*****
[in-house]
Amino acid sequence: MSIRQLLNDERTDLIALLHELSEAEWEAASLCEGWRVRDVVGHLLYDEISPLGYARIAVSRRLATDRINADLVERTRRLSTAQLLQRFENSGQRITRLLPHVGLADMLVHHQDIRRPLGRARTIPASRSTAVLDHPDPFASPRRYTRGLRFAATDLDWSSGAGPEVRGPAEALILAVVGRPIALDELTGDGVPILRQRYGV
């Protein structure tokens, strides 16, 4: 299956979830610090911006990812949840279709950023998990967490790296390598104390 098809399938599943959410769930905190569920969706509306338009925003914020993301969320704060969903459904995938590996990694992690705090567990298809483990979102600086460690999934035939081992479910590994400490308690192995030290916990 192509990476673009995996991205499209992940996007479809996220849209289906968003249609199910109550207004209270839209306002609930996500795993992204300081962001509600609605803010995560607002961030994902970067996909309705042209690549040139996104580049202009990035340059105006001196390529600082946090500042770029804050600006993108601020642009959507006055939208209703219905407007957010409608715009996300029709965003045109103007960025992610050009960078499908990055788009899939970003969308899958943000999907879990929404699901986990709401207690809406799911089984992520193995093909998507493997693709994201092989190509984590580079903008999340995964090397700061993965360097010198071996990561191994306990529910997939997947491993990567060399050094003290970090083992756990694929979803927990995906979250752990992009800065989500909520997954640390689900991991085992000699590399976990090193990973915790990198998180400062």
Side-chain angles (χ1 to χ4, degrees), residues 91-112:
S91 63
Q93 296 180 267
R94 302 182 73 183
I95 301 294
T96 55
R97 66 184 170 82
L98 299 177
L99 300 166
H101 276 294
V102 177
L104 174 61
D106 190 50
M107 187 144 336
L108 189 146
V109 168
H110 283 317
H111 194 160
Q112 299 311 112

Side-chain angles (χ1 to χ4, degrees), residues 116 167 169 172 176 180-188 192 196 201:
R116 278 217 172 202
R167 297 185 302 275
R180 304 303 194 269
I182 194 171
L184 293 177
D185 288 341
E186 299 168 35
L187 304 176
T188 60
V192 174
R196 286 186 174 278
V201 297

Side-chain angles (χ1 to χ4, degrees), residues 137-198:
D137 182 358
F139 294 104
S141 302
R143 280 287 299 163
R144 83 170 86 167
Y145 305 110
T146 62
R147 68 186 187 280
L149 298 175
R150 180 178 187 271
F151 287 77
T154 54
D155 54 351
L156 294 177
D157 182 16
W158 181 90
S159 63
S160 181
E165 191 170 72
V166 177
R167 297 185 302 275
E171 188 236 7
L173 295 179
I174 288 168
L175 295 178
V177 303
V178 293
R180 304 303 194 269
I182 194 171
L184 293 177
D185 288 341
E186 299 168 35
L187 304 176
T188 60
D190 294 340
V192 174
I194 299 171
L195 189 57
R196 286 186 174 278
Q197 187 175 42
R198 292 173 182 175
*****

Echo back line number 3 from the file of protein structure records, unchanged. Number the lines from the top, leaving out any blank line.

């Protein structure tokens, strides 16, 4: 299956979830610090911006990812949840279709950023998990967490790296390598104390 098809399938599943959410769930905190569920969706509306338009925003914020993301969320704060969903459904995938590996990694992690705090567990298809483990979102600086460690999934035939081992479910590994400490308690192995030290916990 192509990476673009995996991205499209992940996007479809996220849209289906968003249609199910109550207004209270839209306002609930996500795993992204300081962001509600609605803010995560607002961030994902970067996909309705042209690549040139996104580049202009990035340059105006001196390529600082946090500042770029804050600006993108601020642009959507006055939208209703219905407007957010409608715009996300029709965003045109103007960025992610050009960078499908990055788009899939970003969308899958943000999907879990929404699901986990709401207690809406799911089984992520193995093909998507493997693709994201092989190509984590580079903008999340995964090397700061993965360097010198071996990561191994306990529910997939997947491993990567060399050094003290970090083992756990694929979803927990995906979250752990992009800065989500909520997954640390689900991991085992000699590399976990090193990973915790990198998180400062």